A polygamist church leader who appeared frail and disengaged during recent court proceedings was repeatedly visited in April by a man described as his personal physician, records from a southern Utah jail show.
Lloyd Hammon Barlow first saw Warren Jeffs, head of the Fundamentalist Church of Jesus Christ of Latter Day Saints, in the Washington County jail on Feb. 12, about two weeks after he was rushed to a St. George hospital for undisclosed treatment.
Barlow’s visit also came three days after documents related to a request for ”privileged physician contact” were filed under seal in 5th District Court in St. George.
Between April 2 and April 27, Barlow saw Jeffs nine times, Purgatory Correctional Facility records obtained by The Associated Press through a public records request show. It is unclear, however, if he is providing medical care.
Jeffs, 51, is in jail awaiting a trial on two first-degree felony counts of rape as an accomplice for his role in a 2001 spiritual marriage between a 14-year-old follower and her 19-year-old cousin. No trial date is set.
On Friday, attorneys for a Utah media coalition, including The Salt Lake Tribune, asked 5th District Judge James Shumate to open several records filed under seal in the case. The judge had asked whether the Health Insurance Portability and Accountability Act, often called HIPAA, applied to courts.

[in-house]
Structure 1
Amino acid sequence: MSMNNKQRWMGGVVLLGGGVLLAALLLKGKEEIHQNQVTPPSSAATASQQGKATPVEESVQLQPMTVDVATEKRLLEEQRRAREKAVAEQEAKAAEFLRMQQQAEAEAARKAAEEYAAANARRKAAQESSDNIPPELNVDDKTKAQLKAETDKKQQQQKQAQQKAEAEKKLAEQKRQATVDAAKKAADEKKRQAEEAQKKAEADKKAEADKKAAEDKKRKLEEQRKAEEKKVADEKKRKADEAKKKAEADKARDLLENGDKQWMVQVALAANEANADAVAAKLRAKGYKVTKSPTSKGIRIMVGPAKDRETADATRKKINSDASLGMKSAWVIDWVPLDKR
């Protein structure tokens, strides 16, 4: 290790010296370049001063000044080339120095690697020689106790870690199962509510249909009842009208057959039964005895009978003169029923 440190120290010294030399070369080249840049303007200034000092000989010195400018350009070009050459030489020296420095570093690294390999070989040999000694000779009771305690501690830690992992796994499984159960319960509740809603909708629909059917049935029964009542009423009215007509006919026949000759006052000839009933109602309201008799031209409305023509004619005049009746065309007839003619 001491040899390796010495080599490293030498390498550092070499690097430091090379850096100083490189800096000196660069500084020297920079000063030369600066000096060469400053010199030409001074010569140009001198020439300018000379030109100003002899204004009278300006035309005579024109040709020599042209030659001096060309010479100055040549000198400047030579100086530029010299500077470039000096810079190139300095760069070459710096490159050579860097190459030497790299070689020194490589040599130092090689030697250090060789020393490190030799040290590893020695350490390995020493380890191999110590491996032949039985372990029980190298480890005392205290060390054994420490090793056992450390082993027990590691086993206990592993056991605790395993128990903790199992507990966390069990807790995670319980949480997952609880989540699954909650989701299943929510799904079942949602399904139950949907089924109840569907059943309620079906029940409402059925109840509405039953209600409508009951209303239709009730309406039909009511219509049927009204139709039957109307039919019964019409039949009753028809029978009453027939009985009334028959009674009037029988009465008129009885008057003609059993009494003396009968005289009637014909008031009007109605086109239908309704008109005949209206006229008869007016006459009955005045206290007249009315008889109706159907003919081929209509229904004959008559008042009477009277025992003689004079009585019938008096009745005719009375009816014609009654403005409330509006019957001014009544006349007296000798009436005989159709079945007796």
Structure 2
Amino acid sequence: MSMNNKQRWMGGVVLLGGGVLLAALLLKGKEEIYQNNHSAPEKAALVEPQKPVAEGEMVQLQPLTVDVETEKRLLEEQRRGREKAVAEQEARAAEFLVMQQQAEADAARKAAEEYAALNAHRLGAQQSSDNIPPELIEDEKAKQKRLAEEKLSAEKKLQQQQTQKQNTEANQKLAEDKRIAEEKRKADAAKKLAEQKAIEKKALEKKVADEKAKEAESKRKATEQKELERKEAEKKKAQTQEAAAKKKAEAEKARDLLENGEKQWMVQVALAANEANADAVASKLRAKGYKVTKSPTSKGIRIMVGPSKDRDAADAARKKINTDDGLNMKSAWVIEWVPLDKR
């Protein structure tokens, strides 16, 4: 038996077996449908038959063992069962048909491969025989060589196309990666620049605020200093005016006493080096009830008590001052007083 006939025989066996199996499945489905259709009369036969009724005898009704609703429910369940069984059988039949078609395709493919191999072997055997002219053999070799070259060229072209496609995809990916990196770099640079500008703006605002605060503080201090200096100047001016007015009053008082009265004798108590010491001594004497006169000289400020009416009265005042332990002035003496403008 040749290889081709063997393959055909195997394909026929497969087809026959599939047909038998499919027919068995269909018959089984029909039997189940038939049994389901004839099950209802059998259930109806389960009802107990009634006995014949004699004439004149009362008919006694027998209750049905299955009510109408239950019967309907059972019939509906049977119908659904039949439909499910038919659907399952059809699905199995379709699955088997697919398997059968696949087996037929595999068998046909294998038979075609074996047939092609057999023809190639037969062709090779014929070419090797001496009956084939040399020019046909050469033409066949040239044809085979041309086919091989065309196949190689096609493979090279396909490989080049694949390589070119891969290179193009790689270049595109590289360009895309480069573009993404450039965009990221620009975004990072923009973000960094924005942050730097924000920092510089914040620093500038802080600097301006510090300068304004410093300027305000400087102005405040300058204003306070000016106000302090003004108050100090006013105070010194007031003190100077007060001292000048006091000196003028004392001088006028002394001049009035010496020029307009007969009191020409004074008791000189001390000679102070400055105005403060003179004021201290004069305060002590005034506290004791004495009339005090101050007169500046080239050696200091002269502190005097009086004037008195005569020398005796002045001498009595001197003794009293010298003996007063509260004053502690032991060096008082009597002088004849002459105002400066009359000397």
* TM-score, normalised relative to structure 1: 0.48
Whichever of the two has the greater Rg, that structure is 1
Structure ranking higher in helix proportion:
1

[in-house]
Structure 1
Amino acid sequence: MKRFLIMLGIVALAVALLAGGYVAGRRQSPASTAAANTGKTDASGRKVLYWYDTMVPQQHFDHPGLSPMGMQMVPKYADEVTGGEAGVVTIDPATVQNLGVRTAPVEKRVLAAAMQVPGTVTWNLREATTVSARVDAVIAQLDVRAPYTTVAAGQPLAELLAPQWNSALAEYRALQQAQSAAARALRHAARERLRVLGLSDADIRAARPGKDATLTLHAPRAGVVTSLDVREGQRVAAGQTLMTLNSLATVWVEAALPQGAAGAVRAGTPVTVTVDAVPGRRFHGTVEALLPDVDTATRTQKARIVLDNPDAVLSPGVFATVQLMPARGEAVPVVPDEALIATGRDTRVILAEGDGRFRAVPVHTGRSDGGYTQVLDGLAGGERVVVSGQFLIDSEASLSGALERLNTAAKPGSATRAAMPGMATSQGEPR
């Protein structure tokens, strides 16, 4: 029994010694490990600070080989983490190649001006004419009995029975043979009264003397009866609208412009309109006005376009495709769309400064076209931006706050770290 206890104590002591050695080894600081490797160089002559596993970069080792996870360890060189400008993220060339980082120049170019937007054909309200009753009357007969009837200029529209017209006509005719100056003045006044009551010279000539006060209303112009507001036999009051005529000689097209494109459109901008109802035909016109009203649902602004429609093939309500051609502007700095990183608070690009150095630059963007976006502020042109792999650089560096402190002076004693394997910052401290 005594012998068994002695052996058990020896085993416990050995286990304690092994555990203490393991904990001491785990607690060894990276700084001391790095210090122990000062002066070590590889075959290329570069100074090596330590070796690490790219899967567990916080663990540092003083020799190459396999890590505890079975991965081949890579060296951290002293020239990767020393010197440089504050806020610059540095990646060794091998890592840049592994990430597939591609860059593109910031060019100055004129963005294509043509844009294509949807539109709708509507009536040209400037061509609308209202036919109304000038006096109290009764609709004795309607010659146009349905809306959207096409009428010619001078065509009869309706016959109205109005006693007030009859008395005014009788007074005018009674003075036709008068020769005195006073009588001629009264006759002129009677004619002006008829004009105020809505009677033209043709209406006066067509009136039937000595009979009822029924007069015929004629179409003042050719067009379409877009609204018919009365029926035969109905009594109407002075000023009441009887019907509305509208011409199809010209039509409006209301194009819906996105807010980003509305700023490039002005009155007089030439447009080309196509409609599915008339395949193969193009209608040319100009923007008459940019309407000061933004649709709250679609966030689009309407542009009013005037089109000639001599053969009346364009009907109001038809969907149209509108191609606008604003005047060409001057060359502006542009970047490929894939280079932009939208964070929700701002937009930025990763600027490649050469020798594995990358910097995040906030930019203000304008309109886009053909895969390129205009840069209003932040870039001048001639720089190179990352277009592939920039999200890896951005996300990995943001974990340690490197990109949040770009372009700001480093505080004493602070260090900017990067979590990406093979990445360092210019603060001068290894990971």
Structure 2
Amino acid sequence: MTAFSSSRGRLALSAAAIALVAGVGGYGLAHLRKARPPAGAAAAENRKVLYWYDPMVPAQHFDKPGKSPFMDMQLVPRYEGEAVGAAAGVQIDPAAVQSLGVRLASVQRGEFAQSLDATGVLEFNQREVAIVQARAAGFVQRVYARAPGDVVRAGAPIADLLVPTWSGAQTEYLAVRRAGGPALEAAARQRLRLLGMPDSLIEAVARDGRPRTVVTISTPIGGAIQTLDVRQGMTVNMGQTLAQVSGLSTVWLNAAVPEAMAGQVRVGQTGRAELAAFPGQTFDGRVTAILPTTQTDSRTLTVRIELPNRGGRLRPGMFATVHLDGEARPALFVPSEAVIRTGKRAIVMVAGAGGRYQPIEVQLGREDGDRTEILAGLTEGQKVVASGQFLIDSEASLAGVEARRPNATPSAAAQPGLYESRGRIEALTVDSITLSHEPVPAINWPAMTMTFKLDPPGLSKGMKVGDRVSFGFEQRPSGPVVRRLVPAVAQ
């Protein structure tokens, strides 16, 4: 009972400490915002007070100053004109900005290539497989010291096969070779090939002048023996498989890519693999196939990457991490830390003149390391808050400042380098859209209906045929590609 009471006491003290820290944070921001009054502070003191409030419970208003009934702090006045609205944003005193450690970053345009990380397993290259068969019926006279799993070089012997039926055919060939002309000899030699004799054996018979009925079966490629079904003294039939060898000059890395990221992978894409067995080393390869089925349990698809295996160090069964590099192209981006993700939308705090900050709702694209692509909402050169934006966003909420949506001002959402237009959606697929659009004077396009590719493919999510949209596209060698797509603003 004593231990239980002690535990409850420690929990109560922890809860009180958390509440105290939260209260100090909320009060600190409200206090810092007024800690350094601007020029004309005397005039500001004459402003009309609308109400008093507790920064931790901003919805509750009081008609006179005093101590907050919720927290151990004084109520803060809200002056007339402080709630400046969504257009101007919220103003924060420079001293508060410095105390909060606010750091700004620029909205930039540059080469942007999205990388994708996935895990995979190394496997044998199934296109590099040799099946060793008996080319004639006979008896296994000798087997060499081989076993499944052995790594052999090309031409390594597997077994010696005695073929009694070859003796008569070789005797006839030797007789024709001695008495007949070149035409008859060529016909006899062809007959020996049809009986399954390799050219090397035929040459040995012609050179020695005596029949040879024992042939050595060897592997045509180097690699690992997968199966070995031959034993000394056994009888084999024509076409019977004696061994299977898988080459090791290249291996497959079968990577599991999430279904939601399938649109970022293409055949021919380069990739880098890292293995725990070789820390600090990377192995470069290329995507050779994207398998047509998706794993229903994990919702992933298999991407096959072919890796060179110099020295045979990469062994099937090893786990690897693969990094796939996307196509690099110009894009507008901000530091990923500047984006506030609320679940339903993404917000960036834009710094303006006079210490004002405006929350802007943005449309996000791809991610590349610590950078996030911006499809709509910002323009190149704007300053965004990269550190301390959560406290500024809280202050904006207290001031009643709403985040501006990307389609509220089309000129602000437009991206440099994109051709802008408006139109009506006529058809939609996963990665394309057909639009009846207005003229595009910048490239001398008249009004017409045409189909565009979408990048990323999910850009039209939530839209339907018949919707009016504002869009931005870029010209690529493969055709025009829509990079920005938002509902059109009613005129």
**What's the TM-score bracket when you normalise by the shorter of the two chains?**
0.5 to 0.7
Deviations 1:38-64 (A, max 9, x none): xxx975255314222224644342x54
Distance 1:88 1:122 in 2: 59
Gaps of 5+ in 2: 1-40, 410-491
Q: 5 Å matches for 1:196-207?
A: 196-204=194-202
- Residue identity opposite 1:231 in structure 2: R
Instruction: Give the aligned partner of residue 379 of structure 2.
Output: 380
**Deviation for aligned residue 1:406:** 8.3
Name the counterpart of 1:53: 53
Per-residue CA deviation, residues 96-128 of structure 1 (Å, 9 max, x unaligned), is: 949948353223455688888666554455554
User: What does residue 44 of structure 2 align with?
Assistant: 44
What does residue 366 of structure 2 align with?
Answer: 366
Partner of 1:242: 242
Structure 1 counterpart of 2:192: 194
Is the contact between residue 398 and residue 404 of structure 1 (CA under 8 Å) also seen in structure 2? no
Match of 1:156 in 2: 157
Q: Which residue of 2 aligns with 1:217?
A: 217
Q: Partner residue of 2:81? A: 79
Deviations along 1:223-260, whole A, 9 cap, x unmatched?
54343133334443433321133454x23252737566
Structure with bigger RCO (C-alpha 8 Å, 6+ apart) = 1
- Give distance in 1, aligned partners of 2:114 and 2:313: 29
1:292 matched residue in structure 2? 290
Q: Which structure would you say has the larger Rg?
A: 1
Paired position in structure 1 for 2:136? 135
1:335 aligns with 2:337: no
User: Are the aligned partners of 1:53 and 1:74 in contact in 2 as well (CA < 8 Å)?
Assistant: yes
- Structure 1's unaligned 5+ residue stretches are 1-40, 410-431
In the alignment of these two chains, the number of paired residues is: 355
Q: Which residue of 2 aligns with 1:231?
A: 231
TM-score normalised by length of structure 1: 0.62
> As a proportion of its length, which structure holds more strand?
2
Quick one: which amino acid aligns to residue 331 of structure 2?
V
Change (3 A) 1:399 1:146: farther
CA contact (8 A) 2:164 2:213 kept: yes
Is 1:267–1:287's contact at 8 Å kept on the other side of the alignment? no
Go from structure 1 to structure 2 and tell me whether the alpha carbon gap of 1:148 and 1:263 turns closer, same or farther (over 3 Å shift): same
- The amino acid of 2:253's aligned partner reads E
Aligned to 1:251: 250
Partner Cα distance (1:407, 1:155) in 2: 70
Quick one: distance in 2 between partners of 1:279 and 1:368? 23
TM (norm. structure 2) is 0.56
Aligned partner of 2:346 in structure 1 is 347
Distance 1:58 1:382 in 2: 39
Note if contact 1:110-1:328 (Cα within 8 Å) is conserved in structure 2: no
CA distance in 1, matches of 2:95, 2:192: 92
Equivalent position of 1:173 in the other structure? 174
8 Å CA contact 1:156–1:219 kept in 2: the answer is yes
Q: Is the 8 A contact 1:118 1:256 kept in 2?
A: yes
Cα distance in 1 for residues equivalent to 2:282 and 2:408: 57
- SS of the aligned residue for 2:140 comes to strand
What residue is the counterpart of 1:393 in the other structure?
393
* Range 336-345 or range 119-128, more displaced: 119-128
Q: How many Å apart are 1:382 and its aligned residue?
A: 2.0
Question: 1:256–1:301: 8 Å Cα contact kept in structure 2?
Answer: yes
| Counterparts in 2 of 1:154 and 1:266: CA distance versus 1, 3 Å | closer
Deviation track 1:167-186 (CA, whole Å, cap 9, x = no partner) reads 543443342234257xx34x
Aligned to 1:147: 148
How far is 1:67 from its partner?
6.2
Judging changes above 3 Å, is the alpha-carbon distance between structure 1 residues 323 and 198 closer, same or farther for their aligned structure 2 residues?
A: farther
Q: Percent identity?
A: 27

In the new brief, the attorney argued the federal act applies only to health care providers and health insurance plans. Washington County prosecutors agreed in a separate filing.
Earlier this week, a “Report of a Competence to Proceed Evaluation,” conducted by Associated Behavior Consultants of Holladay and dated April 6, was noted on the case docket.
Jeffs was visited by a ”Dr. Nielsen” during the week of April 9. Although no first name was listed, state records list Eric Nielsen, a clinical social worker, as the firm’s registered agent. He did not return a telephone message from The AP.
Barlow is a Utah-licensed family practitioner and surgeon with a degree from the University of Utah, records show. AP’s efforts to reach him were unsuccessful. Jeffs’ Salt Lake City defense attorneys Walter Bugden and Tara Isaacson declined comment.
Shumate has scheduled a May 25 hearing on unsealing the documents. Media attorneys argued in Friday’s filing that when court documents are filed, “a presumptive right of access attaches that requires a party to meet a stringent constitutional test before documents may be placed under seal.”
They added: “Even if HIPAA were applicable to court records (which it is not), it would be trumped by this constitutional right of access,” they wrote.
Jeffs’ other visitors in April included his mother, Merilyn Jeffs; his first wife, Annette Barlow Jeffs; another wife, Naomie Jeffs, who was with Jeffs when he was arrested last year; a son and other church members.
* Nate Carlisle contributed to this story.
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